Sorry about the ambiguous answer.
What I was trying to get to is...
Retrieving data from a normal column is much faster then having to calculate the value every time a computed field is called.
Can you imagine, if you are calling 100 000 rows including a computed column? It would definitely take more resources specially if the computed column comes from other tables via UDFs...
First, thanks for contributing a question, in spite of the harsh comments so often targeted at QotD contributers. Please submit more in the future!
On your (rhetoric?) question: "Can you imagine, if you are calling 100 000 rows including a computed column? It would definitely take more resources (...)" (and I omitted the last part if this quote on purpose) - I have to disagree. SQL Server performance is almost always I/O bound; the CPU spends enormous amounts of time waiting for the next data to be available. Since a computed column is not stored, it takes less disk space, reducing I/O. Here is a very unlogical and exaggerated example:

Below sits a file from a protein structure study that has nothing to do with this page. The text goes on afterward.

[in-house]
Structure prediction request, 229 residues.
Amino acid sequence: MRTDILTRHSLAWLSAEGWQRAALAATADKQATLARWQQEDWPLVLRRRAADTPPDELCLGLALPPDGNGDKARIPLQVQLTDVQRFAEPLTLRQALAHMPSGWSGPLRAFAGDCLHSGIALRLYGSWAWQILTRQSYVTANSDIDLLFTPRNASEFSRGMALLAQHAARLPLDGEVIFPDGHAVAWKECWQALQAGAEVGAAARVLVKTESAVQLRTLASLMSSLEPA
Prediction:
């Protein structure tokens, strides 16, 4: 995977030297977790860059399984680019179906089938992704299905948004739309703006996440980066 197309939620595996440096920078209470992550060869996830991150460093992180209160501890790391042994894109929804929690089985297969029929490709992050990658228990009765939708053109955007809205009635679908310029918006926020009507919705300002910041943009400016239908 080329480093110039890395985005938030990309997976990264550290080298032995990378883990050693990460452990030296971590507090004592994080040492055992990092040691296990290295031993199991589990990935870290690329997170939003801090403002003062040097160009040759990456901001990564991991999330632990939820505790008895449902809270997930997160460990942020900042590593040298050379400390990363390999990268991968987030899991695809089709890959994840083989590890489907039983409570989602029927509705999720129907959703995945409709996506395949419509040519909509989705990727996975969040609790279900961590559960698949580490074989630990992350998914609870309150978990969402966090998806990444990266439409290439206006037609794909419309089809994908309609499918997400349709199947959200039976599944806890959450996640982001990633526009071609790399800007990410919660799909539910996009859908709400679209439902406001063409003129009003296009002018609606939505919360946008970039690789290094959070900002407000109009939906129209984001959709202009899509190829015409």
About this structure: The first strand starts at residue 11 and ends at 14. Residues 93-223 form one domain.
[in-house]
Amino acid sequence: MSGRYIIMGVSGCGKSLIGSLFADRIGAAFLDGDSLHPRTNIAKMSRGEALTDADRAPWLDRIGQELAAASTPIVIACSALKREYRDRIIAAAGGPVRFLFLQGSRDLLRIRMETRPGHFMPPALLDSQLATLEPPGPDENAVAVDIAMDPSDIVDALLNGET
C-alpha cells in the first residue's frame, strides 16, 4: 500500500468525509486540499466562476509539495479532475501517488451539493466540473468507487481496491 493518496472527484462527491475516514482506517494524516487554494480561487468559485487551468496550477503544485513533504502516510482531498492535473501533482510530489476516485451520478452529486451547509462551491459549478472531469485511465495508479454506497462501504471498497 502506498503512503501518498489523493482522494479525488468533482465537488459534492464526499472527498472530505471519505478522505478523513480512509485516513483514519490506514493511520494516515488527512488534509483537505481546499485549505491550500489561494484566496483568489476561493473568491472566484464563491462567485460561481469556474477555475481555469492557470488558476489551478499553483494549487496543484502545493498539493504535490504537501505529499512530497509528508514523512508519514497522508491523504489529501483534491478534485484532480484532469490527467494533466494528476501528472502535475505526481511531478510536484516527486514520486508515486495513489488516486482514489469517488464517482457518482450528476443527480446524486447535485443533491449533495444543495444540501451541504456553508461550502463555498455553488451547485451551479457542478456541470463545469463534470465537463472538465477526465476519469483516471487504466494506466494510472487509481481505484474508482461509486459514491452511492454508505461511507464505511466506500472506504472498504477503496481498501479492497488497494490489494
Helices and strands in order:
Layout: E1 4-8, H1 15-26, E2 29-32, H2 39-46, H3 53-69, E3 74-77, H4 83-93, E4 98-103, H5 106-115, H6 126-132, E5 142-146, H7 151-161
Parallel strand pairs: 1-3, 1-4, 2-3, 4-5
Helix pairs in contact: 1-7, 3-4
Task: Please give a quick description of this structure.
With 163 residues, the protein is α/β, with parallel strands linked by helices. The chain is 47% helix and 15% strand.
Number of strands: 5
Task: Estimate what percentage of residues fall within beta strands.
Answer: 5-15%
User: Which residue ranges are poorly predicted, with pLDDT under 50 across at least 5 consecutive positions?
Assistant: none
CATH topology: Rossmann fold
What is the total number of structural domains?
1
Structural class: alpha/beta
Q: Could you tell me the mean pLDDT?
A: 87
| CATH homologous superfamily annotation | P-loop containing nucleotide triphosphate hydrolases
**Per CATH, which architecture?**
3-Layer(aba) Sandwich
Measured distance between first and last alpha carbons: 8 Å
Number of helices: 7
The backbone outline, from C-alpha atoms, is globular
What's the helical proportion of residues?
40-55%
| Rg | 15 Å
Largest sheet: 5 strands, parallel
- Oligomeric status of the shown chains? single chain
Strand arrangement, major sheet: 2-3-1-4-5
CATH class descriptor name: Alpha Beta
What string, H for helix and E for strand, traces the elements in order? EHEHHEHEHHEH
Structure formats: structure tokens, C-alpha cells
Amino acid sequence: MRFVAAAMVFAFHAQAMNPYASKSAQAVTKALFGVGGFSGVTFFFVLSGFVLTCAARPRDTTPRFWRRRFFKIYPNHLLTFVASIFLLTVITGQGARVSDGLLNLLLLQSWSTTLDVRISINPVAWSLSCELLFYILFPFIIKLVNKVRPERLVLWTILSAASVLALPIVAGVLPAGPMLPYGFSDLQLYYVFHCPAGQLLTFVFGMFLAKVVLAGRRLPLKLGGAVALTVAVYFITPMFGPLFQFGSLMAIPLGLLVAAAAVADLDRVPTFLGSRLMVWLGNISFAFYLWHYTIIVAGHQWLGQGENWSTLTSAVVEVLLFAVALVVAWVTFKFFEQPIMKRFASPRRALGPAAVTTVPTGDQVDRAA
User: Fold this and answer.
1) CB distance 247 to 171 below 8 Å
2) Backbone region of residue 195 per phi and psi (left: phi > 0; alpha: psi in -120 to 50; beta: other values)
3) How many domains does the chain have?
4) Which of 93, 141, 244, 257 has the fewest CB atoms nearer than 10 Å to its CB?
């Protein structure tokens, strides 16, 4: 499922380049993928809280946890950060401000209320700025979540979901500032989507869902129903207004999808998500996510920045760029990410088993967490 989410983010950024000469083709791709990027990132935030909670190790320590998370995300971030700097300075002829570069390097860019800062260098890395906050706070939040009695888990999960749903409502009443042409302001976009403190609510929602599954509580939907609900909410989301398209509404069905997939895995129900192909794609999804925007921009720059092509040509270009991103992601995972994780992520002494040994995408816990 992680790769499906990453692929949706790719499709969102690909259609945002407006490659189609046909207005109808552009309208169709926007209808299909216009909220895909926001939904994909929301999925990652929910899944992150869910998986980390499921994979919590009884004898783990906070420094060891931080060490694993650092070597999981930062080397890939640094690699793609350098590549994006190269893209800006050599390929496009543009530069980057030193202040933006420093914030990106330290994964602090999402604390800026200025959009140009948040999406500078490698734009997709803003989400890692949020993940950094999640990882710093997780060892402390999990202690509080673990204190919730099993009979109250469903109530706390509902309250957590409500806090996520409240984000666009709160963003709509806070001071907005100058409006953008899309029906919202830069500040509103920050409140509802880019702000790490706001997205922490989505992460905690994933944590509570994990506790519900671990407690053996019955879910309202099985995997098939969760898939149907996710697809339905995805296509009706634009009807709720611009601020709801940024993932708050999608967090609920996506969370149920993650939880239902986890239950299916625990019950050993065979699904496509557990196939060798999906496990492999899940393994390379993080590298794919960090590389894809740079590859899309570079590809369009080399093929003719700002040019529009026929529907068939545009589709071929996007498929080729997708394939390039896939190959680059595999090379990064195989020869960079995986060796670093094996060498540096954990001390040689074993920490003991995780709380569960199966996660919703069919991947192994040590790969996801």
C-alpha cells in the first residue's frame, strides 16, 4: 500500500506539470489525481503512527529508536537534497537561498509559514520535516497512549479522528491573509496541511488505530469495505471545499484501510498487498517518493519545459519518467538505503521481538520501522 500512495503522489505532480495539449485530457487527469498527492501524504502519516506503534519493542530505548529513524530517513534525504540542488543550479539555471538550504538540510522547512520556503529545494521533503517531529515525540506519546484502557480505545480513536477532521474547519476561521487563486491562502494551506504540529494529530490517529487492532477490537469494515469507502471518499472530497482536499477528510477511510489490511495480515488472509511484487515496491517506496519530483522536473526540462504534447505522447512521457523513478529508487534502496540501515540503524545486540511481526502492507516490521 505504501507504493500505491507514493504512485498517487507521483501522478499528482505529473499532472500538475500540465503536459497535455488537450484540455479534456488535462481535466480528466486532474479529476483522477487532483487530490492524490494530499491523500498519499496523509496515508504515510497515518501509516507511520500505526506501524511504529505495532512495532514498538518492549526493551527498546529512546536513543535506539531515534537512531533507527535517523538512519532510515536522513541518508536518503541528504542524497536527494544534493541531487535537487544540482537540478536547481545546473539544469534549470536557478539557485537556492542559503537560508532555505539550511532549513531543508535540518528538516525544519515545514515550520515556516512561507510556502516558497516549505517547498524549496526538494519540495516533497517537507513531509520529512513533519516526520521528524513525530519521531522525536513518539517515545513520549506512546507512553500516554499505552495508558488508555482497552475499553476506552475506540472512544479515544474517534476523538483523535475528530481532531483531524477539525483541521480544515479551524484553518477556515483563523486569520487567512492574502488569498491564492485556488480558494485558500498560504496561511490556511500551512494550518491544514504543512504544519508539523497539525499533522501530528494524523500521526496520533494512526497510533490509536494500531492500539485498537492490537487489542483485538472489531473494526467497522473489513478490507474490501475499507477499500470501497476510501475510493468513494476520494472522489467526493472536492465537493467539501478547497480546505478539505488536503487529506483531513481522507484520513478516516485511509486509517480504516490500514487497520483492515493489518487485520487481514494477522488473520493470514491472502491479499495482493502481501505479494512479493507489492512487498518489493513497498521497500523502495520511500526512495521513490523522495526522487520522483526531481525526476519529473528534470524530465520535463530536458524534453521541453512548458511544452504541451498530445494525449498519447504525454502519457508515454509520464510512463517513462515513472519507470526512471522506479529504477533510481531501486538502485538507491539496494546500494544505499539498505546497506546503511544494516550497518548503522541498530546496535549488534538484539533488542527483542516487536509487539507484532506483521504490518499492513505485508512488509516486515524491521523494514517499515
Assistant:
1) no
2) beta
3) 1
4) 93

CREATE TABLE Demo
(KeyCol int NOT NULL PRIMARY KEY,
SmallString varchar(10) NOT NULL,
Repetitions smallint NOT NULL,
LongString AS REPLICATE(SmallString, Repetitions));
If the LongString column is computed and not persisted, rows take approximately 20-30 bytes (I don't have the exact numbers, as I'm on holiday); a single data page (8K) will store approximately 300 rows. The 100,000 rows you mention will be on less than 350 data pages.
However, if LongString is a persisted computed column or a regular column, then the amount of bytes per row depends on the length of SmallString and the value of Repetitions. If we assume an average length of 5 bytes for SmallString and an average value of 200 Repetitions, the average length of LongString will be 1,000 bytes; the average row length then is 1,020-1,030 bytes, so we can squeeze only 7 or 8 rows in a data page. The same 100,000 rows now take over 13,000 data pages! This will take much longer for SQL Server to read and process.
The last part of your post, the part I previously omitted from my quote, is "specially if the computed column comes from other tables via UDFs...". This is indeed true. SQL Server can't optimize this very well; it will execute the UDF 100,000 times, so if the UDF has to read from another table, that read will be repeated 100,000 times. Extremely bad for performance. This is but one of the many reasons why using a UDF in a computed column is not recommended.
Hugo Kornelis, SQL Server/Data Platform MVP (2006-2016)
Visit my SQL Server blog: http://sqlblog.com/blogs/hugo_kornelis